(From left): Ford McDaniel and Annalee Willson with Cliff Powers
Can you describe your role as 21st century learning specialist?
I will be working with PK through fourth grade teachers on ways to implement and integrate technologies that enhance and expand classroom curriculums. In these grades, that will target the use of SMARTboards, iPods and iPads specifically.
How is this role new or evolving for JA?
This position was created as a result of the iLearn initiative. However, the intention is to have the need for this role decrease over time as teachers become increasingly comfortable with technology integration. To balance this offset, my responsibilities as lower school STEM lab instructor will continue to expand. I am already thinking of ways to grow the STEM program in the future including the involvement of first grade and kindergarten.
Describe your role as Lower School STEM instructor.
Beginning this year, the STEM lab will be serving as the science curriculum for second, third and fourth grades. My responsibilities are to not only teach the subject matter, but to serve as the facilitator for the team-based, hands-on projects.
What is exciting for students in STEM lab?
Just the fact that students are now coming multiple times a week to an environment that is stimulating, interactive, and engaging is exciting for them. The children work in teams of four following a NASA crew model. Each child has a specific role to play within the crew: (commander, materials specialist, communications specialist, or information specialist), with certain responsibilities of their own. Units of study, called Missions, include cool topics such as rocketry, electricity, skyscrapers and crime lab. It really has been a huge hit with the kids – and I’m having a blast as well!
Tell me about the gecko and the songs….
One of the things I really wanted to do was create a classroom environment that equaled the impressive content of the curriculum. To help achieve this, I created a “Creature Corner” to display live animals representing reptiles, amphibians, mammals and insects. Our residents include two guinea pigs (Buzz and Neil), two White’s tree frogs, and a female leopard gecko named Selena Gecko. When I feed her we sing, “When you’re ready come and get it, Na, na, na, na, Na, na, na, na…” The bottom line is that I want my students to have a love of learning. I’ve always held that philosophy as an educator. Now that goal is easier than ever as STEM education is, by its very nature, fun and exciting.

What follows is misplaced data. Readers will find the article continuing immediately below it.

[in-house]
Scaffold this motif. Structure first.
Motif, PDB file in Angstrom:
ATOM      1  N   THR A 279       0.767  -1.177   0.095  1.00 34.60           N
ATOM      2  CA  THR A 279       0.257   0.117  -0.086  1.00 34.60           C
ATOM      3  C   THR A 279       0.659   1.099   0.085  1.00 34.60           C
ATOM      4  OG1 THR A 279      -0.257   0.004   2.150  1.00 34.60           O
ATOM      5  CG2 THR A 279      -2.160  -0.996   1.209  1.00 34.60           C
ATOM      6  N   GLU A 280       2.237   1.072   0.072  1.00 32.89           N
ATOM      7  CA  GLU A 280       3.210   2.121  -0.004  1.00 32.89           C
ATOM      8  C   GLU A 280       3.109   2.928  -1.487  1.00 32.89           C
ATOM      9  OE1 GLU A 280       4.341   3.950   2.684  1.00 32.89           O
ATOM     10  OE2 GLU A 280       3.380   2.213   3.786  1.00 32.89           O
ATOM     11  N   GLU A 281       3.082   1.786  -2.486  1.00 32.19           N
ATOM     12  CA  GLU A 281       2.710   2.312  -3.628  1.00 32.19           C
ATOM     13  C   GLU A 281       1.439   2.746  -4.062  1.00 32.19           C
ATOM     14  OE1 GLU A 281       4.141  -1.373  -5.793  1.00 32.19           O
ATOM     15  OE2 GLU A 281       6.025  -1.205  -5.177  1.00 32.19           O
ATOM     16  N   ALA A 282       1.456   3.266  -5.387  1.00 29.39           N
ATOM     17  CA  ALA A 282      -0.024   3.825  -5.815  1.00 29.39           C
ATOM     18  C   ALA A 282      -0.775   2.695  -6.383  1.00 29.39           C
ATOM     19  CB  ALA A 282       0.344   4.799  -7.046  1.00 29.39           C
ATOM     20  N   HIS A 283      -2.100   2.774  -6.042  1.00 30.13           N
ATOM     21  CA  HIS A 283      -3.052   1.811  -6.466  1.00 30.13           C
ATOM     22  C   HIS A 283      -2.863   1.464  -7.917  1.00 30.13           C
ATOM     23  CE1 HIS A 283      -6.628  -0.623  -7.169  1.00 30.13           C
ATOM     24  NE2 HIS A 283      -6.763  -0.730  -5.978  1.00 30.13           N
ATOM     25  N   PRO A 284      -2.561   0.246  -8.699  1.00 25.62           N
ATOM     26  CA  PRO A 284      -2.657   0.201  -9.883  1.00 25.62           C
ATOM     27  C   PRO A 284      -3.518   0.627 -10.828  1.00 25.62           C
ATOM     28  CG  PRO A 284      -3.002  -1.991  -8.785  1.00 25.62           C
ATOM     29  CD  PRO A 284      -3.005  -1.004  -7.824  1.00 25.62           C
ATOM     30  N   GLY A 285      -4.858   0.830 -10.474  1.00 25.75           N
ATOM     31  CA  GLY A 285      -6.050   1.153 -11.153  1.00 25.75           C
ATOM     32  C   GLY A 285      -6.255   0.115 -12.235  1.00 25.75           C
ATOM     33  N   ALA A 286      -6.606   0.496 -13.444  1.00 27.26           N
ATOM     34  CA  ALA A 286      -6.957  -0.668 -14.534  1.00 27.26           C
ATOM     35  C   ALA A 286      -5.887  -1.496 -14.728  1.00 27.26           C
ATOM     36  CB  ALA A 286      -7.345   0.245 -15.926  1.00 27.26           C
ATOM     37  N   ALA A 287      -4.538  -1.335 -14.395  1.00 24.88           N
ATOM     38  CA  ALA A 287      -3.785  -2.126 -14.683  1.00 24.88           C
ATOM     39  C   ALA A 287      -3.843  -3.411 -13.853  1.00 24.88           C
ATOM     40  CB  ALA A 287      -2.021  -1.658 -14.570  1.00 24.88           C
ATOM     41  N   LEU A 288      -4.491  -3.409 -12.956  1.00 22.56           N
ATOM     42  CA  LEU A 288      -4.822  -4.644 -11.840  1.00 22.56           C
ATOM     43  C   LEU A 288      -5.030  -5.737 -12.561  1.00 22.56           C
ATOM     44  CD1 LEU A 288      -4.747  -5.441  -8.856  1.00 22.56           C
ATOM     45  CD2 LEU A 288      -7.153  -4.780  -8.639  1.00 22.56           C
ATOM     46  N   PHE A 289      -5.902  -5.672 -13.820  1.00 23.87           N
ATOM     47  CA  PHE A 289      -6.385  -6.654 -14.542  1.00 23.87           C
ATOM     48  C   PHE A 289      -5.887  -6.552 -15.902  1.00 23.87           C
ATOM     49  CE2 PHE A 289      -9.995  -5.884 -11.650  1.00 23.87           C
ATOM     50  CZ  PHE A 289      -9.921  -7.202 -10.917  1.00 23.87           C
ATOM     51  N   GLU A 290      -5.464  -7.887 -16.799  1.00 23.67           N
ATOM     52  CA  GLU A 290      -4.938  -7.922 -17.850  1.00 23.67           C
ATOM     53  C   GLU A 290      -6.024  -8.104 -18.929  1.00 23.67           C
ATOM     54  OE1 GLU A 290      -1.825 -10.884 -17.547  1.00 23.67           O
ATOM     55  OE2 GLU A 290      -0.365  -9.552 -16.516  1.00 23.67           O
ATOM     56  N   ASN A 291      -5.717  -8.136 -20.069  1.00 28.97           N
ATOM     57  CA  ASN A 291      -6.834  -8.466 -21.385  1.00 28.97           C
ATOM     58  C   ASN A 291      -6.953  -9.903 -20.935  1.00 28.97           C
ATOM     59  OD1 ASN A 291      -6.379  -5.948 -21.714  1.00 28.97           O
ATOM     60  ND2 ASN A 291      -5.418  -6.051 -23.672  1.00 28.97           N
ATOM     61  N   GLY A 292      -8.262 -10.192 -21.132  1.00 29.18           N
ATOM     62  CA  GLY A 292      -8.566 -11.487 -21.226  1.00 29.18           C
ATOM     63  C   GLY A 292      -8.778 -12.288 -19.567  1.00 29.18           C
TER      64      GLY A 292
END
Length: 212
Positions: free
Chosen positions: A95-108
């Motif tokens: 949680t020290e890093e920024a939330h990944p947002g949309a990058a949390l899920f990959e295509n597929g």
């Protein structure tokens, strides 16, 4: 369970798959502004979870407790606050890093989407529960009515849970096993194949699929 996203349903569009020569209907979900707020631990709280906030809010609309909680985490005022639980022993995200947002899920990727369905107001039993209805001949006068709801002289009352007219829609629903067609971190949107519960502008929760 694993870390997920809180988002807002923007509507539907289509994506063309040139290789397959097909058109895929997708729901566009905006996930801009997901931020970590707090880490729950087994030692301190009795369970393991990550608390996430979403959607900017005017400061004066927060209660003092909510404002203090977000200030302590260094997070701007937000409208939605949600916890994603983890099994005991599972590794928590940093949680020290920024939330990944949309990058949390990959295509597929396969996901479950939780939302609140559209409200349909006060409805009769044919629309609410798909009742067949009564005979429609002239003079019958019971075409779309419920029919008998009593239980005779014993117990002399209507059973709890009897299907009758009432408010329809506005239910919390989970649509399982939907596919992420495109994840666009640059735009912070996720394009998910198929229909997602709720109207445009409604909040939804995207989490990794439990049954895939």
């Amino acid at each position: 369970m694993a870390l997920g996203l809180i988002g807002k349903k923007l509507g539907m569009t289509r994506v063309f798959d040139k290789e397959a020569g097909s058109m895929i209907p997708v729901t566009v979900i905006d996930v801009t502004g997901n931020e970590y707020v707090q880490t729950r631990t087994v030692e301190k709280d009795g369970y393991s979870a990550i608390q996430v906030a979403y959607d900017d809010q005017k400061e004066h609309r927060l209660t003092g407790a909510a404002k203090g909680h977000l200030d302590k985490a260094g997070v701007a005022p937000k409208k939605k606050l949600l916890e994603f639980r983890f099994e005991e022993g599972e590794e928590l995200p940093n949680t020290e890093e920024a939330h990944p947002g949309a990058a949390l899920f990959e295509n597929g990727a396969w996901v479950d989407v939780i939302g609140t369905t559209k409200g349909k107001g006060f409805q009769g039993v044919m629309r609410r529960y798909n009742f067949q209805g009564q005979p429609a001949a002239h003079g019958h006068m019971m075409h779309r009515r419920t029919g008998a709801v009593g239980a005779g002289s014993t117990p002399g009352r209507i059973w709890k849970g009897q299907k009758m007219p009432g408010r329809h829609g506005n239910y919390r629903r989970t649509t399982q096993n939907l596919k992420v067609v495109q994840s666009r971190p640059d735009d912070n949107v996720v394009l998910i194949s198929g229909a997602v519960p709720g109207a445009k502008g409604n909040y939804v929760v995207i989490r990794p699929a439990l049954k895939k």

What is the thing you would most like to see students do (in education or just in life)?
My primary desire for my students is that they would become lifelong learners and that they would never lose that child-like sense of wonder and awe for God’s creation. I also want them to recognize and embrace their value and worth as a person…to know that they are special, blessed with God-given gifts and talents, and fearfully and wonderfully made. I try to show my students every day that I value them as unique individuals and that I truly enjoy their company. I not only consider teaching to be my profession, but my ministry as well.
What did you study in college?
My degree is in elementary education from Belhaven University.
Where else have you worked?
My first job was at Hillcrest Christian School teaching elementary music for four years. At St. Paul Early Learning Center I taught pre-school for six years, followed by seven years of teaching kindergarten at University Christian School. Last year I taught first grade at Park Place Christian Academy.
What made you apply to work at JA?
It was truly a God thing as I have had an interest and passion for teaching hands-on science, engineering and technology for the past three years. Once I met with Eddie Wettach and Matt Morgan, I knew that I was being led in this direction. I have never met a more welcoming, friendly and gracious administration, faculty, student body or patronage. The reception has been truly overwhelming. I am so blessed to be a part of the JA family. I couldn’t be more thrilled.